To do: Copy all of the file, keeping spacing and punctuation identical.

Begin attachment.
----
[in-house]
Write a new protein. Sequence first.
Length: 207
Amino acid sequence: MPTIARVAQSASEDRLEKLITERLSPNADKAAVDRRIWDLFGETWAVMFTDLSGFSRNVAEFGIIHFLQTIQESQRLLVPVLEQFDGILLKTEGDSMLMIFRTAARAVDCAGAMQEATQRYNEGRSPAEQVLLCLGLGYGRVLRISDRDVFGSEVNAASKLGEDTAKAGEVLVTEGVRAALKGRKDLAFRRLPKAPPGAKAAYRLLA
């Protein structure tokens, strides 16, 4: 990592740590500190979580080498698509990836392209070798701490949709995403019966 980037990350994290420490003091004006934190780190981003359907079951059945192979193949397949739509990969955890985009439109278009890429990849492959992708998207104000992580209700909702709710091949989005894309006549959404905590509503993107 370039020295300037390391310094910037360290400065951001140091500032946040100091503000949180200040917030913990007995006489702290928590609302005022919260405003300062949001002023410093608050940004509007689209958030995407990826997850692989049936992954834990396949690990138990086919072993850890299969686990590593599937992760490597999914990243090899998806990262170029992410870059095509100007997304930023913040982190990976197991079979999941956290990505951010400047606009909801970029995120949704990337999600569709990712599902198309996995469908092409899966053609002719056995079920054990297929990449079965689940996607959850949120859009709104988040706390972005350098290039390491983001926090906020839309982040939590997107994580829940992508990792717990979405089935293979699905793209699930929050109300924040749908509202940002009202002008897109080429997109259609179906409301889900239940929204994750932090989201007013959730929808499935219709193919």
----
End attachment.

[in-house]
Write a new protein. Sequence first.
Length: 207
Amino acid sequence: MPTIARVAQSASEDRLEKLITERLSPNADKAAVDRRIWDLFGETWAVMFTDLSGFSRNVAEFGIIHFLQTIQESQRLLVPVLEQFDGILLKTEGDSMLMIFRTAARAVDCAGAMQEATQRYNEGRSPAEQVLLCLGLGYGRVLRISDRDVFGSEVNAASKLGEDTAKAGEVLVTEGVRAALKGRKDLAFRRLPKAPPGAKAAYRLLA
């Protein structure tokens, strides 16, 4: 990592740590500190979580080498698509990836392209070798701490949709995403019966 980037990350994290420490003091004006934190780190981003359907079951059945192979193949397949739509990969955890985009439109278009890429990849492959992708998207104000992580209700909702709710091949989005894309006549959404905590509503993107 370039020295300037390391310094910037360290400065951001140091500032946040100091503000949180200040917030913990007995006489702290928590609302005022919260405003300062949001002023410093608050940004509007689209958030995407990826997850692989049936992954834990396949690990138990086919072993850890299969686990590593599937992760490597999914990243090899998806990262170029992410870059095509100007997304930023913040982190990976197991079979999941956290990505951010400047606009909801970029995120949704990337999600569709990712599902198309996995469908092409899966053609002719056995079920054990297929990449079965689940996607959850949120859009709104988040706390972005350098290039390491983001926090906020839309982040939590997107994580829940992508990792717990979405089935293979699905793209699930929050109300924040749908509202940002009202002008897109080429997109259609179906409301889900239940929204994750932090989201007013959730929808499935219709193919």